Time for Self-Care

The Anita Factor has been meeting for about five years now. And a cohesive family of friends we have become. Connections extend far beyond our circle of chairs at McNally Robinson booksellers, where we meet. We not only discuss writing, but often know what’s happening in each other’s personal lives as well. We are all a support system for each other in all ways. I don’t know what I would do without the connections of my fine Anitas, and Larry – our Anito! 🙂

Spinning Inward cover

At our last meeting, I was really struggling with finding something original to bring to the group for our teachable. And I personally, am having a fairly rough start to 2016, so was also having a bit of trouble getting my head in the right place to share any articles of sound writerly advice.

I considered what  to do and realized I need to breathe. And then it struck me. At this meeting I wasn’t going to focus on writing. I would focus on self-care and we’d take some time to breathe.

I have a wonderful book of meditations that are written for children to adults — Spinning Inward by Maureen Murdock.

Everyone enjoyed the first one, “Waterfall of White Light,” so much that we actually did a second. I have used these meditations with children and adults alike. They are beautiful and I highly recommend checking out this book if you are in need of some self-care time. Get your circle of friends together and take turns reading to each other in an inspiring quiet space.

Suzanne’s first novel, Empty Cup, is an edgy contemporary young adult story about a seventeen year old girl who lives through life’s ultimate betrayal. Suzanne lives in Winnipeg, MB.

Seasons Greetings!

Christmas cheers

Suzanne’s first novel, Empty Cup, is an edgy contemporary young adult story about a seventeen year old girl who lives through life’s ultimate betrayal. Suzanne lives in Winnipeg, MB.

Writing in an Authentic Voice

During a session at a recent conference, I was asked how I write authentically from the point of view of a teenager? My novel, Empty Cup, is told in EC cover onlinefirst person from the point of view of a seventeen-year-old girl.

“I remember being a teenager like it was yesterday,” I responded, and then expanded by mentioning that I easily tap into the emotions of that time in my life. When writing Raven’s story, the main character from Empty Cup, I had to really think about how a teenager makes decisions, remember that her life experiences aren’t as vast as those of an adult, and although the story is not autobiographical, I had to relate to feelings of fear and unknowing, remember the exhilaration and terror of taking a risk, feelings of anger, betrayal, and broken trust had to come to the forefront in order to relate to Raven’s experiences to assure authenticity.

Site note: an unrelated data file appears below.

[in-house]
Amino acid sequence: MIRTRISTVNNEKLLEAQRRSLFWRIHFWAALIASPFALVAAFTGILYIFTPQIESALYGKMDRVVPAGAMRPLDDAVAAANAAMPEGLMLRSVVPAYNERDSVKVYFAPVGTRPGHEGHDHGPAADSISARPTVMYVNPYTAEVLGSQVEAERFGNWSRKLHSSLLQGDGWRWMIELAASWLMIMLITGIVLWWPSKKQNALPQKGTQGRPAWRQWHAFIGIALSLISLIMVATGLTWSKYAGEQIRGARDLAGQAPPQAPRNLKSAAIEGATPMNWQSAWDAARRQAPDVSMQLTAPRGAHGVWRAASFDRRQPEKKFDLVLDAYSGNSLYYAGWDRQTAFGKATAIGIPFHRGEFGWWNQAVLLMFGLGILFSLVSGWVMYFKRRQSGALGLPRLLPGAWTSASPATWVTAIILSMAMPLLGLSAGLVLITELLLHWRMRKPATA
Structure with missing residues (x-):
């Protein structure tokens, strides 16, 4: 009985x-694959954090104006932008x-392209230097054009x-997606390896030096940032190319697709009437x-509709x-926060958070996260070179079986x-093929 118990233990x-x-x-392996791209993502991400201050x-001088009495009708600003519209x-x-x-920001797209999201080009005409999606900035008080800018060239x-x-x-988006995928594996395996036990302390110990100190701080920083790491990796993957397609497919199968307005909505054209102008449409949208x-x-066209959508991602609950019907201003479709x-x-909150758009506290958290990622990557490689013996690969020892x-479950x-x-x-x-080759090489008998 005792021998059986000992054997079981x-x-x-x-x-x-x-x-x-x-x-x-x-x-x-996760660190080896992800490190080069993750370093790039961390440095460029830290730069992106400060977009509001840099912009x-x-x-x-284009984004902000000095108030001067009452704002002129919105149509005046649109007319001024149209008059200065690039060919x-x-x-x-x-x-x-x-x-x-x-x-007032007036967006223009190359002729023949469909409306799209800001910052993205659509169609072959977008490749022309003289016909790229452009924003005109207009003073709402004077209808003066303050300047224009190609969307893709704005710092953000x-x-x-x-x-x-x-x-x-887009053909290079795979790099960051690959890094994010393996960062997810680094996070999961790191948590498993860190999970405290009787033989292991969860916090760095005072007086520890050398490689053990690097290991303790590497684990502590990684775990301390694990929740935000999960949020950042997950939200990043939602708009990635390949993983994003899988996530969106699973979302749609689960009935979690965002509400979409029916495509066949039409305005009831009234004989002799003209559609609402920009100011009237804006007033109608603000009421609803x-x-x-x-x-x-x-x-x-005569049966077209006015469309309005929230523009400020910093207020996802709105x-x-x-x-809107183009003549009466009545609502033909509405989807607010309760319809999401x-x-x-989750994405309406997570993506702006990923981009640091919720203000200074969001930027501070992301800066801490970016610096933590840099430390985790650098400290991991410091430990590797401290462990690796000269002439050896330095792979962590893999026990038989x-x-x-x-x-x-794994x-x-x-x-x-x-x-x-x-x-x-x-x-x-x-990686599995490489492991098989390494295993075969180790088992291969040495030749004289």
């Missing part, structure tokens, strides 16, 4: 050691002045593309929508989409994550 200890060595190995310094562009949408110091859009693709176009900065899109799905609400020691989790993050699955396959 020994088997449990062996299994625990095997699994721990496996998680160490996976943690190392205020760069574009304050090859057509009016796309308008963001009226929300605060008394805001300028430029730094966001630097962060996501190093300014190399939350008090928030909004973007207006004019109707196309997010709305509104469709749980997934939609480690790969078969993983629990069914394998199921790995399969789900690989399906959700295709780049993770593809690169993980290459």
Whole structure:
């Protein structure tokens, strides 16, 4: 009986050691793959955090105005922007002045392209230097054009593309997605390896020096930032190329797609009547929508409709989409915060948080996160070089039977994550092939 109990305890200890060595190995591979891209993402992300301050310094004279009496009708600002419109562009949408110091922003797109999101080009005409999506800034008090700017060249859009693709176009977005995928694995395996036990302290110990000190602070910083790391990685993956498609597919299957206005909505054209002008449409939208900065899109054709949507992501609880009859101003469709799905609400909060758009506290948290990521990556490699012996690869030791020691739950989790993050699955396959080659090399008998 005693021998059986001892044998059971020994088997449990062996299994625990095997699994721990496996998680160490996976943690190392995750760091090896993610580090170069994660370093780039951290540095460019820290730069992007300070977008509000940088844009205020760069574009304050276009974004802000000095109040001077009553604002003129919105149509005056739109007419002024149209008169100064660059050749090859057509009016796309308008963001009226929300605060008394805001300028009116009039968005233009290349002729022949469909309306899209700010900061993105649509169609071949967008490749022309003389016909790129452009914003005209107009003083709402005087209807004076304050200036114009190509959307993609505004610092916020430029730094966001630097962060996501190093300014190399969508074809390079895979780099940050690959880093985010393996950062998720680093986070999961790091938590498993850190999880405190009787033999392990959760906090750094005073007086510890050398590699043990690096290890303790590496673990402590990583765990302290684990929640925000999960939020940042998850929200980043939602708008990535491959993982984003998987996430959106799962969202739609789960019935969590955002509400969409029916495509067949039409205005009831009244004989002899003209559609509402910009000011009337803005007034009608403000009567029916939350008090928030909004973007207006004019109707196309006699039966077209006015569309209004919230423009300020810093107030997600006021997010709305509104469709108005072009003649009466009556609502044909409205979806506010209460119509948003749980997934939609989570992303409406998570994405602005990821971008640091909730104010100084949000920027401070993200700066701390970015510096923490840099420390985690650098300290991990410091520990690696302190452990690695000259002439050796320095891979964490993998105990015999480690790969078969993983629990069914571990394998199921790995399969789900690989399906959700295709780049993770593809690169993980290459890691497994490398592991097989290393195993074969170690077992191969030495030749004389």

In the July 2015 issue of The Writer magazine, a reprinted an article from the July 1987 issue called Lowry’s guide to memory, Lois Lowry, author of The Giver, writes, “For me it is all there, and I can call it back. If that were not so, I could not write for children.”

At our recent meeting, I asked my fellow Anitas if they too could recall their childhood and teen years. A unanimous yes, but with exception. The conversation turned to writing from the point of view of the opposite sex. My current work in progress is from the view point of a sixteen year old boy. So how do I write accurately in that situation?

Great question!

face-73401_640I think emotions are emotions. Boys and girls both have similar emotions during similar situations, be it fear, humour, sadness. The differences are how they respond to those emotions. While I write my new story, I often think about how my seventeen-year-old son would respond. I’ve also based my character’s best friend off of a character from a TV show, he was a class clown type of personality, so I ask myself how he would respond. Sometimes I think of what the boys in my school did in response to different situations.

The other Anitas agreed and commented that having access to children of various ages is certainly helpful. And not just a little bit of contact, really getting in and around them, listening to how they talk, what they talk about… obviously do not stalk them! 🙂 I’m suggesting that if don’t have access to children in the age range that you’re writing about, then perhaps you have friends or family with children and you could arrange to spend some time with them.

Submersing yourself in your own memories of childhood is imperative for authenticity, but keeping in contact with kids of today will help to keep you current.

How do you keep your voice accurate for your characters?

Suzanne’s first novel, Empty Cup, is an edgy contemporary young adult story about a seventeen year old girl who lives through life’s ultimate betrayal. Suzanne lives in Winnipeg, MB.
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